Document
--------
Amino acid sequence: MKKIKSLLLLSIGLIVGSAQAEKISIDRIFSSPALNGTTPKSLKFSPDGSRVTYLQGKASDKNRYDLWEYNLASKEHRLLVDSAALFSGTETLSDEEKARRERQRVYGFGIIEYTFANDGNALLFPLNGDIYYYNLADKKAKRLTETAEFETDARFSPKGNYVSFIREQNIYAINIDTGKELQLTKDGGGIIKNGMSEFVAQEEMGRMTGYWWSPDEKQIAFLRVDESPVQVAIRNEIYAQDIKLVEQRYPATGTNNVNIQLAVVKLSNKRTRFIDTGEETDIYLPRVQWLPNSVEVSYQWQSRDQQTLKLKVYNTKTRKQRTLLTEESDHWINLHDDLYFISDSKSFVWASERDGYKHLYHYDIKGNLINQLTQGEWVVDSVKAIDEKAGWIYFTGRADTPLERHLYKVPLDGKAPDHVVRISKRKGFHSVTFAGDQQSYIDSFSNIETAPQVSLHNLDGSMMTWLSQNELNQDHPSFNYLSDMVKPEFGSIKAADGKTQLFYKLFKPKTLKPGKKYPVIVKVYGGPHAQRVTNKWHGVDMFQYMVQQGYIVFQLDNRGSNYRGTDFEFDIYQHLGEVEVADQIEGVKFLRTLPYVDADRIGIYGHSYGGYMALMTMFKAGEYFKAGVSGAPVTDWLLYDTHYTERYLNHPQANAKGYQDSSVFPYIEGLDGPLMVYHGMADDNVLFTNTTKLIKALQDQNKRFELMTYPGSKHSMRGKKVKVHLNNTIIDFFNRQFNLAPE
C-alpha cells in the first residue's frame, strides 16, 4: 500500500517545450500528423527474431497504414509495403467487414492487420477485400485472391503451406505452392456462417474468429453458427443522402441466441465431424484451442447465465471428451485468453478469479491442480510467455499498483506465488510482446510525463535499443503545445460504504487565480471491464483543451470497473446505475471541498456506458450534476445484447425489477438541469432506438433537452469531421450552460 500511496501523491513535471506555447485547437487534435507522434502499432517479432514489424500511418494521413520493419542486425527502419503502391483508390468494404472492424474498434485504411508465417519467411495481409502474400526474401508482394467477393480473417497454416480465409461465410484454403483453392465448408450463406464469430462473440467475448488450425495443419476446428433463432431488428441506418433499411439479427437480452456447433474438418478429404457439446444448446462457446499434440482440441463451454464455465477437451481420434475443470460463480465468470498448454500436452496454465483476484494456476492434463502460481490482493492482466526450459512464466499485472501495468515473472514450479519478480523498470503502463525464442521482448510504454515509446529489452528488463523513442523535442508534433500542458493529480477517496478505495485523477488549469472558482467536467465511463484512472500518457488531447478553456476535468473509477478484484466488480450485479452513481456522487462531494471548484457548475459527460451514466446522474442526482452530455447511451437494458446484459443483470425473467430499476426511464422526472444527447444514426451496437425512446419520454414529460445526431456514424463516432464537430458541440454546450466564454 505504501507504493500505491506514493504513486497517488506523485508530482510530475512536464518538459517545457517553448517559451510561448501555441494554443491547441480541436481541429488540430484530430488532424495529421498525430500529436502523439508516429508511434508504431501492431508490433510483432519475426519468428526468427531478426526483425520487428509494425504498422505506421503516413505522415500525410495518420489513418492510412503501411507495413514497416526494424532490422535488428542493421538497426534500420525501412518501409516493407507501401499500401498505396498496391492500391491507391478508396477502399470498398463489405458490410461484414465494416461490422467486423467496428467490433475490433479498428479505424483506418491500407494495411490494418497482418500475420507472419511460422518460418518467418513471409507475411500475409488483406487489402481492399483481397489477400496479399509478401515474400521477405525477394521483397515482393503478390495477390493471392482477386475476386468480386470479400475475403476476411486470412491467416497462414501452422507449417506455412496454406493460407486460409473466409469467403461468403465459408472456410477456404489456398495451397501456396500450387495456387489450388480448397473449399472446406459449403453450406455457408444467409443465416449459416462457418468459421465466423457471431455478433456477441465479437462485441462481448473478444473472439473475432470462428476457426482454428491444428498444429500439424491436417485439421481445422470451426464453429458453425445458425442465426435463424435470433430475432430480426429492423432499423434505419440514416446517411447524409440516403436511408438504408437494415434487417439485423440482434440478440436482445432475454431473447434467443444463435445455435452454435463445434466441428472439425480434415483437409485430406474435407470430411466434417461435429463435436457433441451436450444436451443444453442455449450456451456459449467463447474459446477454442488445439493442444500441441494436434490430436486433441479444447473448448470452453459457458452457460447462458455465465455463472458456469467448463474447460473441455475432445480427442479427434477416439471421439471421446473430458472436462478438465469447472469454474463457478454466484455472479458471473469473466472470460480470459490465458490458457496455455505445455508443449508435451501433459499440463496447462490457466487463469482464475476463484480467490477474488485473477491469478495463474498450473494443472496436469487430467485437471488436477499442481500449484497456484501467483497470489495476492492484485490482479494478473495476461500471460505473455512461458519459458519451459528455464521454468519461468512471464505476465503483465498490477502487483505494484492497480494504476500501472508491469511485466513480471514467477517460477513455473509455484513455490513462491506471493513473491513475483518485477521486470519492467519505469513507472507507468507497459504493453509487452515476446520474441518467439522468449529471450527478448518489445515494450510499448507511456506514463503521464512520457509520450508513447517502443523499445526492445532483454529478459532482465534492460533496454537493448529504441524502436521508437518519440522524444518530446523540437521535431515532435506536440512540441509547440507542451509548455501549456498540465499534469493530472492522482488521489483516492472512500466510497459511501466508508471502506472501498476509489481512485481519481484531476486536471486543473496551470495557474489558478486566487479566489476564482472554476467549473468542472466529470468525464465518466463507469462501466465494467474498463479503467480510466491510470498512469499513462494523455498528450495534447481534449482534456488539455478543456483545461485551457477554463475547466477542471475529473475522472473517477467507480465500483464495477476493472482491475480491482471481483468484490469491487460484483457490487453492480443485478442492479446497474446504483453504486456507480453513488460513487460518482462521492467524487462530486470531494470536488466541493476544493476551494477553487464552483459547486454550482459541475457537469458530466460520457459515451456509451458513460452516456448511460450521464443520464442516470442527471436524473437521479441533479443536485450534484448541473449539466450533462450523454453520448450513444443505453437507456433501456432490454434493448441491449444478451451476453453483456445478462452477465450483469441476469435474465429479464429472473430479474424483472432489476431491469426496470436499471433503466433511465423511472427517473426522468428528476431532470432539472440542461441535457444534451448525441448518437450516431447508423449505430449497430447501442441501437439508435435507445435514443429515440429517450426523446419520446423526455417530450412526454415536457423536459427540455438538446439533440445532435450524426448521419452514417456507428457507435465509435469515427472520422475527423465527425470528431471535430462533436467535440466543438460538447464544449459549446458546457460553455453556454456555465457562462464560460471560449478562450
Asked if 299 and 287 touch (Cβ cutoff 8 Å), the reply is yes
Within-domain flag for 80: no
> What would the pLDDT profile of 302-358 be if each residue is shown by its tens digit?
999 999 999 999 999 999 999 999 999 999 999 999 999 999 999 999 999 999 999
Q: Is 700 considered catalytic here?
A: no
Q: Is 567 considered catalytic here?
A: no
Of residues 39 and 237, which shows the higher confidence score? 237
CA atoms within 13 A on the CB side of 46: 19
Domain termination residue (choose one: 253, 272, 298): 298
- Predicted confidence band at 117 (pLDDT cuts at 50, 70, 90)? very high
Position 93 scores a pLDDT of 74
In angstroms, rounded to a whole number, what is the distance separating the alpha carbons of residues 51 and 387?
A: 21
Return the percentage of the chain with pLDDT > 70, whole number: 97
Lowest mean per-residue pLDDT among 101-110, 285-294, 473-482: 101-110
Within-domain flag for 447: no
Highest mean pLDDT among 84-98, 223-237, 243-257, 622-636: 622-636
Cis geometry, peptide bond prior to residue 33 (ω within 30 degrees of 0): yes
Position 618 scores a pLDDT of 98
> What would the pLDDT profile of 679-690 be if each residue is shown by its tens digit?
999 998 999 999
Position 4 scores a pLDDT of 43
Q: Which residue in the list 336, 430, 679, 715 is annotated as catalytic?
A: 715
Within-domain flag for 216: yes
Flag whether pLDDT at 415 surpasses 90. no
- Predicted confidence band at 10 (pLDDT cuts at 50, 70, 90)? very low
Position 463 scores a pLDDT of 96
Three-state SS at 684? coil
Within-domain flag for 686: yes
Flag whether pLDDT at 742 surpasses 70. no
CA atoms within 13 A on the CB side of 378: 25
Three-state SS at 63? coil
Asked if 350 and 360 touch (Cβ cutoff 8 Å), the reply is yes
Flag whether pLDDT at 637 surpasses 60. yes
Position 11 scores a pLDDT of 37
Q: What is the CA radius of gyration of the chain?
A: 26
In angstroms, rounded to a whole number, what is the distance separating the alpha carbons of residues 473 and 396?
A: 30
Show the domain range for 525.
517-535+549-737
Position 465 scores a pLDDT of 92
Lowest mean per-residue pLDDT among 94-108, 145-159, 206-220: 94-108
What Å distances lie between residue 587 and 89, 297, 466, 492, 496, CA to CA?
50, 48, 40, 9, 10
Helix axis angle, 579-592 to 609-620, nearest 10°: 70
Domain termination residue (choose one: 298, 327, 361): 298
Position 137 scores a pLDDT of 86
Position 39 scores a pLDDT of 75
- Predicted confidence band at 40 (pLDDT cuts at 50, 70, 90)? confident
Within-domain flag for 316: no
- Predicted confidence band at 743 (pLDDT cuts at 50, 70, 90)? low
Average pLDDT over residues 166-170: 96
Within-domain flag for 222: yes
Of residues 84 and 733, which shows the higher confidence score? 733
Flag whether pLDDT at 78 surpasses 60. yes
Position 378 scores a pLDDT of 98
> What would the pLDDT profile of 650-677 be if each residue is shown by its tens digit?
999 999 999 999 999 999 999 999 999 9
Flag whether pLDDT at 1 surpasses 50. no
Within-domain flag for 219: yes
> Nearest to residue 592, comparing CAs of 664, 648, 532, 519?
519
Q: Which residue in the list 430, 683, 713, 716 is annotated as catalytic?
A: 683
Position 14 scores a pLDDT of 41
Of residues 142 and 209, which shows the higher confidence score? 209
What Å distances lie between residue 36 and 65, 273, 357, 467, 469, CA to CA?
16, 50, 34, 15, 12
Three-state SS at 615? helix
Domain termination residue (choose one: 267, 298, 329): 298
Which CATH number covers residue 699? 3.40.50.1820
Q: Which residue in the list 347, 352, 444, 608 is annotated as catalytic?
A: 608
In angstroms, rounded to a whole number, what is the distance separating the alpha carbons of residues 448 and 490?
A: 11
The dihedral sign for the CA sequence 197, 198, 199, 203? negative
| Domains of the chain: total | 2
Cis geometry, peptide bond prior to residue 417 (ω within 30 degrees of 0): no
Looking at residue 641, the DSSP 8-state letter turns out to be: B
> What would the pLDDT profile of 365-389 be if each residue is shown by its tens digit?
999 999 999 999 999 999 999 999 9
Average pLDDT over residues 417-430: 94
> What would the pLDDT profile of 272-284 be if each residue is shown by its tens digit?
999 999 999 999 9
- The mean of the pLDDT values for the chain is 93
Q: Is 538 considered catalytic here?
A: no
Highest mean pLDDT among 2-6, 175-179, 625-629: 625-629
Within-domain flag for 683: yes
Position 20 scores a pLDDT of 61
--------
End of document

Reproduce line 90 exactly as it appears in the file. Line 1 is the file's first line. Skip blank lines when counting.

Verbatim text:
999 999 999 999 9